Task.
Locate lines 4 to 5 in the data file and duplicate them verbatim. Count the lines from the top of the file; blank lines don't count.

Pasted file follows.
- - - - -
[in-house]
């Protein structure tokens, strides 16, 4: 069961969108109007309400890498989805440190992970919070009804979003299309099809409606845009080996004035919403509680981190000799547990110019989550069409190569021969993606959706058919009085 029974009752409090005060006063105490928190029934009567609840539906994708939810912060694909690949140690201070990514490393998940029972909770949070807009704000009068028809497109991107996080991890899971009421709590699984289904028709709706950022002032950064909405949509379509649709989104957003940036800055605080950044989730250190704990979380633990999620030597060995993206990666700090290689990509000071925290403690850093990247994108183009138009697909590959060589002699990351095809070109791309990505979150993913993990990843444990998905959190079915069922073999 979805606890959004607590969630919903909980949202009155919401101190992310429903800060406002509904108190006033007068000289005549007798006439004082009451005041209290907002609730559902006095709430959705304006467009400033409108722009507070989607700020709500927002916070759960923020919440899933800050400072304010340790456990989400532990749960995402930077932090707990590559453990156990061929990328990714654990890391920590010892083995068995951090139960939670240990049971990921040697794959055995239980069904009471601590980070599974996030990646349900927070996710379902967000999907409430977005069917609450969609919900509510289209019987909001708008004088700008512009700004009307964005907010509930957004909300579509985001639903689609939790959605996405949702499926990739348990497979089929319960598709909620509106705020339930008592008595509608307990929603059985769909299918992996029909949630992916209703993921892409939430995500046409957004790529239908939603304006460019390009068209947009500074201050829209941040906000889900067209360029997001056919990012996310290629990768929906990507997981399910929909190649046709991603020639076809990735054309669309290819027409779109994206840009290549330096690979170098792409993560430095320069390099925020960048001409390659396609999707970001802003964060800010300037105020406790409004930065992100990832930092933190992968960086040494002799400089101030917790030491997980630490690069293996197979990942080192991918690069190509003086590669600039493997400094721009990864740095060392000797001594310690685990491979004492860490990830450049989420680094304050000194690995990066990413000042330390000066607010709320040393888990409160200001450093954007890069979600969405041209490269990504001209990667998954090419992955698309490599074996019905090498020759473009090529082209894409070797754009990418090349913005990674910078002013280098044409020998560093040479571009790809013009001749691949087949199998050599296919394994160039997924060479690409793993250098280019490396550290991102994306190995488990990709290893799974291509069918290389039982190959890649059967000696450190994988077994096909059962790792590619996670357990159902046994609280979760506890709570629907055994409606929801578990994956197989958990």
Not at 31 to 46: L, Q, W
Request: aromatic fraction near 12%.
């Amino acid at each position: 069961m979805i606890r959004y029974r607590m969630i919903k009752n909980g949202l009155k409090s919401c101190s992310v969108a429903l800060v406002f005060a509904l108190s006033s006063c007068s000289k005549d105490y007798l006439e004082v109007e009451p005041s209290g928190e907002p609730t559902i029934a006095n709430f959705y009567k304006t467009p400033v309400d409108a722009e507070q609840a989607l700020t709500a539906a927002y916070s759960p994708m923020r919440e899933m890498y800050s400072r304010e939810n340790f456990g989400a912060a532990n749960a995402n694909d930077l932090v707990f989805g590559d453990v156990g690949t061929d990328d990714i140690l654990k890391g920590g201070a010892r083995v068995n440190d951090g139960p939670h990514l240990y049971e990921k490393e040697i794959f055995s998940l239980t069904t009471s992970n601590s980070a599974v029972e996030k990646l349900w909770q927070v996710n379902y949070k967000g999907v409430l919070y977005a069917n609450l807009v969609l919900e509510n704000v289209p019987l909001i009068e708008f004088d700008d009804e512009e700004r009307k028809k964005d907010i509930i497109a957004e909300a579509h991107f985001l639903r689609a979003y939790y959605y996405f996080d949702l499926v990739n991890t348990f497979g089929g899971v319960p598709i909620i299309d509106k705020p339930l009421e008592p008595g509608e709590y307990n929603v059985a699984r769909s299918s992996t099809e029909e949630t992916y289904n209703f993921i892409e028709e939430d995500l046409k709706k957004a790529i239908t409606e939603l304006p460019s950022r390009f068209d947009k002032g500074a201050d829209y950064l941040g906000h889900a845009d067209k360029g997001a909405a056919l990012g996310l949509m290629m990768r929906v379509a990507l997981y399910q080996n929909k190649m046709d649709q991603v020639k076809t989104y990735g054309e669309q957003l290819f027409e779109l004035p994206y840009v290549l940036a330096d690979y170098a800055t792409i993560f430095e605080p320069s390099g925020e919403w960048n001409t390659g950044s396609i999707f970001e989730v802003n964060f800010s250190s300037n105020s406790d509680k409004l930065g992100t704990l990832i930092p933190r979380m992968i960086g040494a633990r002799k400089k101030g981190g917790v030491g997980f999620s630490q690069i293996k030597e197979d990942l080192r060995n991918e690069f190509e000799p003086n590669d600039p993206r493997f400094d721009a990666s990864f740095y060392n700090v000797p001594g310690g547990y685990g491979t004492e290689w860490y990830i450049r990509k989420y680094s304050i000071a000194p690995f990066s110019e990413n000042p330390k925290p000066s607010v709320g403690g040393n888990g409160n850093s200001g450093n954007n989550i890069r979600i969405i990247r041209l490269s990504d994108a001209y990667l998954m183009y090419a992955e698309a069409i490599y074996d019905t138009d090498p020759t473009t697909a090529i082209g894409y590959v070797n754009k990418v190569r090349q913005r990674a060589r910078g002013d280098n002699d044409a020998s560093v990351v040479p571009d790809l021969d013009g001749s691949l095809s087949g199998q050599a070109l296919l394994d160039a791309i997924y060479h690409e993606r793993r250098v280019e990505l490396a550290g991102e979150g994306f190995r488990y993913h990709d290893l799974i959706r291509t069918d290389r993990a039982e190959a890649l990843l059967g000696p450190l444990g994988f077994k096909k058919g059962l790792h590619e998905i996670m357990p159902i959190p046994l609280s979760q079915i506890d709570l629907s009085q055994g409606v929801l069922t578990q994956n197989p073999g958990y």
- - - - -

Request: aromatic fraction near 12%.
């Amino acid at each position: 069961m979805i606890r959004y029974r607590m969630i919903k009752n909980g949202l009155k409090s919401c101190s992310v969108a429903l800060v406002f005060a509904l108190s006033s006063c007068s000289k005549d105490y007798l006439e004082v109007e009451p005041s209290g928190e907002p609730t559902i029934a006095n709430f959705y009567k304006t467009p400033v309400d409108a722009e507070q609840a989607l700020t709500a539906a927002y916070s759960p994708m923020r919440e899933m890498y800050s400072r304010e939810n340790f456990g989400a912060a532990n749960a995402n694909d930077l932090v707990f989805g590559d453990v156990g690949t061929d990328d990714i140690l654990k890391g920590g201070a010892r083995v068995n440190d951090g139960p939670h990514l240990y049971e990921k490393e040697i794959f055995s998940l239980t069904t009471s992970n601590s980070a599974v029972e996030k990646l349900w909770q927070v996710n379902y949070k967000g999907v409430l919070y977005a069917n609450l807009v969609l919900e509510n704000v289209p019987l909001i009068e708008f004088d700008d009804e512009e700004r009307k028809k964005d907010i509930i497109a957004e909300a579509h991107f985001l639903r689609a979003y939790y959605y996405f996080d949702l499926v990739n991890t348990f497979g089929g899971v319960p598709i909620i299309d509106k705020p339930l009421e008592p008595g509608e709590y307990n929603v059985a699984r769909s299918s992996t099809e029909e949630t992916y289904n209703f993921i892409e028709e939430d995500l046409k709706k957004a790529i239908t409606e939603l304006p460019s950022r390009f068209d947009k002032g500074a201050d829209y950064l941040g906000h889900a845009d067209k360029g997001a909405a056919l990012g996310l949509m290629m990768r929906v379509a990507l997981y399910q080996n929909k190649m046709d649709q991603v020639k076809t989104y990735g054309e669309q957003l290819f027409e779109l004035p994206y840009v290549l940036a330096d690979y170098a800055t792409i993560f430095e605080p320069s390099g925020e919403w960048n001409t390659g950044s396609i999707f970001e989730v802003n964060f800010s250190s300037n105020s406790d509680k409004l930065g992100t704990l990832i930092p933190r979380m992968i960086g040494a633990r002799k400089k101030g981190g917790v030491g997980f999620s630490q690069i293996k030597e197979d990942l080192r060995n991918e690069f190509e000799p003086n590669d600039p993206r493997f400094d721009a990666s990864f740095y060392n700090v000797p001594g310690g547990y685990g491979t004492e290689w860490y990830i450049r990509k989420y680094s304050i000071a000194p690995f990066s110019e990413n000042p330390k925290p000066s607010v709320g403690g040393n888990g409160n850093s200001g450093n954007n989550i890069r979600i969405i990247r041209l490269s990504d994108a001209y990667l998954m183009y090419a992955e698309a069409i490599y074996d019905t138009d090498p020759t473009t697909a090529i082209g894409y590959v070797n754009k990418v190569r090349q913005r990674a060589r910078g002013d280098n002699d044409a020998s560093v990351v040479p571009d790809l021969d013009g001749s691949l095809s087949g199998q050599a070109l296919l394994d160039a791309i997924y060479h690409e993606r793993r250098v280019e990505l490396a550290g991102e979150g994306f190995r488990y993913h990709d290893l799974i959706r291509t069918d290389r993990a039982e190959a890649l990843l059967g000696p450190l444990g994988f077994k096909k058919g059962l790792h590619e998905i996670m357990p159902i959190p046994l609280s979760q079915i506890d709570l629907s009085q055994g409606v929801l069922t578990q994956n197989p073999g958990y």